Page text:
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Maya Art and Pottery

The Maya civilization, a collection of city states with a common culture that were ruled by nobles, flourished in Central America from around 1000 B.C. to the Spanish conquest in 1697 and were especially dominant in the classic period. It was centered in the Yucatan peninsula, but Mayan territory extended over the modern Mexican states of Yucatan, Campeche, Quintana, Roo, Tabasco, and part of the state of Chiapas, and parts of Guatemala, Belize, Honduras and El Salvador. They left a wealth of information about their highly developed complex society in their hieroglyphic writing, art, pottery, and physical structures.

Religion was central to the Mayan life. They built enormous pyramid temples and religious centers to honor their many gods. These sites, with their massive stone structures and decorative Maya art carvings, display the advanced technology and artistry the Mayans possessed. The Temple of the Giant Jaguar in Tikal, located in the middle of the ceremonial center around which the city extended, has nine sloping terraces and is 161 feet high. Chichen Itza, at the center of the Yucatan peninsula, was an important commercial center that was greatly influenced by the earlier Toltec civilization and that also had a large religious complex. The pyramid-temple El Castillo, or the Pyramid of Kukulcan, is approximately 72 feet high.  Palanque is in the middle of a tropical jungle, and it also has a religious complex centered around a large pyramid. The Temple of the Inscriptions pyramid has hidden deep inside of it the funeral chamber of Pacal, who ruled for sixty-eight years before dying in 683 A.D.

In the Mayan religious system, self-sacrifice was vital and highly esteemed. They worshipped many gods, who were patrons of various tasks and natural processes, through sacrifice and effigy. Chac, god of rain, was sacrificed to by drowning children in wells.  Ixchel was the patroness of weaving.

As with all ancient civilizations, Mayan life focused on the production and acquisition of food for survival. Life revolved around the agricultural cycle. They raised maize, squash, beans, avocadoes, tomatoes and other plants using simple tools made of wood and stone, like axes, hoes and digging sticks. They also hunted peccary, which is like a pig, and deer with bows, arrows and spears made of chipped stone or obsidian and rabbits and dogs with nets. They fished for shellfish, larger fish, and sea mammals, using hooks made from cactus thorns, shell and bone.

Every morning the women would rekindle the fire and grind maize on the metlatl, or grinding stone, which was usually made of basalt. Tortillas were made daily and consumed with every meal. They were maize pancakes that were formed and cooked over an open fire on a comal, a clay disk. Today they are still a staple of the Mesoamerican diet, just as they were in pre-Columbian times.  Chilies and tomatoes, used for making spices and sauces, were ground in a stone mortar and pestle. The mortar had three feet, and the pestle was club-shaped.

They usually buried their dead in the ground or under the floors of their houses, though sometimes corpses were cremated, buried in caves or interred in urns. The rich were buried in elaborate tombs with many household articles, giving later archeologists much insight into their culture.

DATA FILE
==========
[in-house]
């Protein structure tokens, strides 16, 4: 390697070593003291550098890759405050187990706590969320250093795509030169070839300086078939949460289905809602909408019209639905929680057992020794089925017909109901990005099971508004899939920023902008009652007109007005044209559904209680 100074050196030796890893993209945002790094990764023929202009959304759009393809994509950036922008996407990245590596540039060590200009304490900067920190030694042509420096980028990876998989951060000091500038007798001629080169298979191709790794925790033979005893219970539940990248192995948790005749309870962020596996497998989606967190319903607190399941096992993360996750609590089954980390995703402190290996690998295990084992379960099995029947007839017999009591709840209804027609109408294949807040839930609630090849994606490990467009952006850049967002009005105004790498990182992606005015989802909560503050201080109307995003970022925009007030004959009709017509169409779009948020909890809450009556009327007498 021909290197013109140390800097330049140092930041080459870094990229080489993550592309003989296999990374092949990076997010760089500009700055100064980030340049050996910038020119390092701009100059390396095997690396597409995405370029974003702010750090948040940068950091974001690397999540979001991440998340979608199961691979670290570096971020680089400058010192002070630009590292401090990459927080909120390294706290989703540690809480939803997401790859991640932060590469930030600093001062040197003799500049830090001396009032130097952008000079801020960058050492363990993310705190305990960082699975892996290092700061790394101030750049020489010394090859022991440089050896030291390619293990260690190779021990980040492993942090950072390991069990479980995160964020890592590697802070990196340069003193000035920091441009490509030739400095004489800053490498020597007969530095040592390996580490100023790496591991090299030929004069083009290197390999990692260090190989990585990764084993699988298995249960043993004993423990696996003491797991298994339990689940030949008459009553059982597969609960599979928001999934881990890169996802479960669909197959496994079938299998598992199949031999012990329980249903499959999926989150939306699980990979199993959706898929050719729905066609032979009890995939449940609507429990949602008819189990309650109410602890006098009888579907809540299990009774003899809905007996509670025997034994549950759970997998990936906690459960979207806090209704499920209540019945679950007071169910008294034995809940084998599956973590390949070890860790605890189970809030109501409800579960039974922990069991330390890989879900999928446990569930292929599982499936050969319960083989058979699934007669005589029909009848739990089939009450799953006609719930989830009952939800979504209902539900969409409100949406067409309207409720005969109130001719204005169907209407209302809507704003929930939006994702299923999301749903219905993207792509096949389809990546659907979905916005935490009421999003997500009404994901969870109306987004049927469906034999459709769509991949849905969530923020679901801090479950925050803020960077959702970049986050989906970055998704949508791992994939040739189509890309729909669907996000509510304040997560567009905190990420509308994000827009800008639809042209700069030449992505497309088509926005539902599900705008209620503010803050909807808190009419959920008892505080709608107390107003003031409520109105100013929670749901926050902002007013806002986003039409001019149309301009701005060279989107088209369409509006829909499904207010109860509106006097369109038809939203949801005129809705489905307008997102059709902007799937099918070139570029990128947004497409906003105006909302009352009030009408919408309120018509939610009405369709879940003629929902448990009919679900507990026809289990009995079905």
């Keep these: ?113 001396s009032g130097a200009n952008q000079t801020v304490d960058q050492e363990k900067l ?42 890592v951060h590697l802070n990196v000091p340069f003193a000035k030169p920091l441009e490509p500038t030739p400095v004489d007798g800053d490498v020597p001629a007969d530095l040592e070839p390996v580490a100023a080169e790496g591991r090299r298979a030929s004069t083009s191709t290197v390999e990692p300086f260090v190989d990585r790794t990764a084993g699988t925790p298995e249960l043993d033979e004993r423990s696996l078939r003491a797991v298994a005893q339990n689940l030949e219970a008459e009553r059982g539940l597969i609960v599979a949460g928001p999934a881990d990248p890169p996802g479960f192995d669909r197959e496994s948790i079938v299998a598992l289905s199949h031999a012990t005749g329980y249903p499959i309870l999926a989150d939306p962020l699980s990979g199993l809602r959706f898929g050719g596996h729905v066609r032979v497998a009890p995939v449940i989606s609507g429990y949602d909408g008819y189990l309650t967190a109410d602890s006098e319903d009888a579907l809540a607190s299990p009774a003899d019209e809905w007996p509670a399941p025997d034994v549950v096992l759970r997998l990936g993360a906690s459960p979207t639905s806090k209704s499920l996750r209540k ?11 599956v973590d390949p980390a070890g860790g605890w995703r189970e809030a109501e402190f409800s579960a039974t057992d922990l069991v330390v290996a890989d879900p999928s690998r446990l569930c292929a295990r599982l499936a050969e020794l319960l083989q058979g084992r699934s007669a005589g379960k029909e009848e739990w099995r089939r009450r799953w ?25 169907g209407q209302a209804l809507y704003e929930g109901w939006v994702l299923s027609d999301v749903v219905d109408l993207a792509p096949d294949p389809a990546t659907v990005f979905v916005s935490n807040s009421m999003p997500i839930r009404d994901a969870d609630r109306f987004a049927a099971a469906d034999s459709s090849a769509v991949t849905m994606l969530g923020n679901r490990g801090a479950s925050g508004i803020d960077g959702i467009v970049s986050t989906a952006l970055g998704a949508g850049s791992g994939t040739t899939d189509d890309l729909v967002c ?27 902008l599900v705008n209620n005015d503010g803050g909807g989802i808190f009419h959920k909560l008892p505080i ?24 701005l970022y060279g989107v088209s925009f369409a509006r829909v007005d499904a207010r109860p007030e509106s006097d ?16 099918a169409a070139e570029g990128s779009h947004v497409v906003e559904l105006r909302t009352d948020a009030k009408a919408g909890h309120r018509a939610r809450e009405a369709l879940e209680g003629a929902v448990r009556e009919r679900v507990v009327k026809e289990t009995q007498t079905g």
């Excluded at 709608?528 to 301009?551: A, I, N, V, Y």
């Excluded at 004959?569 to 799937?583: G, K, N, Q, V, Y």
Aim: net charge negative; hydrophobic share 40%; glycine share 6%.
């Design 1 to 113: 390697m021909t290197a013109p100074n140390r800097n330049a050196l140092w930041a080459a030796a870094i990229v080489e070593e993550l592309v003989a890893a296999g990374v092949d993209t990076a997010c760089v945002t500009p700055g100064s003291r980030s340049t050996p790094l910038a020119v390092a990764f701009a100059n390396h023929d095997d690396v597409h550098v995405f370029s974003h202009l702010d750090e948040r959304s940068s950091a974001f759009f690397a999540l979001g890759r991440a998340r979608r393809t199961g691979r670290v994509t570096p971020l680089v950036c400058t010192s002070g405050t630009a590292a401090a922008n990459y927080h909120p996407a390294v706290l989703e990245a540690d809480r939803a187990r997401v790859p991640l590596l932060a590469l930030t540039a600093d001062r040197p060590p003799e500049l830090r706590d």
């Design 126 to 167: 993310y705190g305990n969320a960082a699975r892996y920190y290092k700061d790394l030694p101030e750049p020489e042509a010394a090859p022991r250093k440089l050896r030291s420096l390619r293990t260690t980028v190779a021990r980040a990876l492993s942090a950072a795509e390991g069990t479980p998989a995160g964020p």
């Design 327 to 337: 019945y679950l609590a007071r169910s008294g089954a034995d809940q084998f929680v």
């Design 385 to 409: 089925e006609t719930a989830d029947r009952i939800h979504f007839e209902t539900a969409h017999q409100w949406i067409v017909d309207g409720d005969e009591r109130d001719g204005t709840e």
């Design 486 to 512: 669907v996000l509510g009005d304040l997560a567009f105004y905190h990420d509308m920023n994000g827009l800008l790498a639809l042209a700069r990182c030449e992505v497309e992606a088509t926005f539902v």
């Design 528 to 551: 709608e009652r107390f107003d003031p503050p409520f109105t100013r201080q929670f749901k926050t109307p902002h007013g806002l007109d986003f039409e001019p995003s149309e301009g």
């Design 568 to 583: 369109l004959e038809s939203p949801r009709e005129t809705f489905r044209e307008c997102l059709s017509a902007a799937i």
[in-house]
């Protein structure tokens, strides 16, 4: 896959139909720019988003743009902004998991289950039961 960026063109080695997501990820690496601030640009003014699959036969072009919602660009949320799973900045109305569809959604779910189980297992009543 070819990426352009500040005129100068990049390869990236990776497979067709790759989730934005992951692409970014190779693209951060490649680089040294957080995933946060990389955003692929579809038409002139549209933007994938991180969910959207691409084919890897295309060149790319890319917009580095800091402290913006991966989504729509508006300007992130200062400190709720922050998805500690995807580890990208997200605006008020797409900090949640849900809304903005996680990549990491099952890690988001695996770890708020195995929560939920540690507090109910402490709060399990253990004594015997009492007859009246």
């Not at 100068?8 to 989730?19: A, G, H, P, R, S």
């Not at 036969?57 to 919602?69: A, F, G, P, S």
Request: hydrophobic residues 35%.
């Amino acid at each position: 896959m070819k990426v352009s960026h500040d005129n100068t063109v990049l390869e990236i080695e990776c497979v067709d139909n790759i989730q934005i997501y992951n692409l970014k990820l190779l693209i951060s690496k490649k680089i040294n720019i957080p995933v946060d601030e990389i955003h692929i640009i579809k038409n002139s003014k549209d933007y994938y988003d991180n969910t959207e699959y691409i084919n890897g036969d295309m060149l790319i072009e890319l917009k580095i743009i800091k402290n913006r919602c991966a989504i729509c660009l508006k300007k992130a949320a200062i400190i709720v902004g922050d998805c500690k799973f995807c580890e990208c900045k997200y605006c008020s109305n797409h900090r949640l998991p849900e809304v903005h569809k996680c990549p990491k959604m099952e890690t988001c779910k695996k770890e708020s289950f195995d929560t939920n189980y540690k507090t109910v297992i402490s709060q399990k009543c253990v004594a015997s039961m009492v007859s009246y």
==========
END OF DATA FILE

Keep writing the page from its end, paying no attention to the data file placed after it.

The Maya were quite well educated, with advanced writing and astronomical systems. They used a hieroglyphic writing system to keep written records. Four of their codices, collections of hieroglyphic symbols written on paper, cloth or animal skin?similar in function to a modern book, survive. They also developed a counting system based on the number twenty and a calendar.  Great observatories, such as El Caracol at Chichen Itza, were used to study the stars.

Attire denoted rank in Mayan society, as only the wealthy were able to afford elaborate costumes. Only nobles were allowed to adorn themselves with jewelry. Tunics were often made of animal pelts, especially jaguar fur. Jaguar skins were valuable because the black spots symbolized the night sky. A jaguar helmet was a warrior's insignia and his protection.

Music was linked to religion and was created by rattles, whistles, trumpets, drums, flutes, copper bells and shells. Flutes, ranging from simple and straight to multi-toned and intricate, were employed widely.

Mayan art reflected their environment, religion and everyday life. Their region was inhabited by foxes, owls, jaguars, fish, birds, hummingbirds, deer, rabbit and duck, and they domesticated turkeys and dogs. These animals often were an inspiration for their art and decoration. Pottery was simple for everyday use, while it was elaborately decorated for the wealthy and for rituals. Ceramic pots were used to store liquids and foods and formed an essential part of every Mayan household. While most often plain and simply utilitarian, some had patterns carved into them or were painted.  A back-strap loom, so named because of the strap that passes behind the weaver's back to keep the warp taut, was used in ancient times and is still used widely today to create beautiful textiles.

--Lisa Graff

Bibliography

Baquedano, Elizabeth. Aztec, Inca and Maya (New York: Alfred A. Knopf, 1993).

Chichen Itza (Mexico City: Panorama Editorial, 1987).

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Aztecs | Day of the Dead | Mayan | Molas | Olmec | Pre Columbian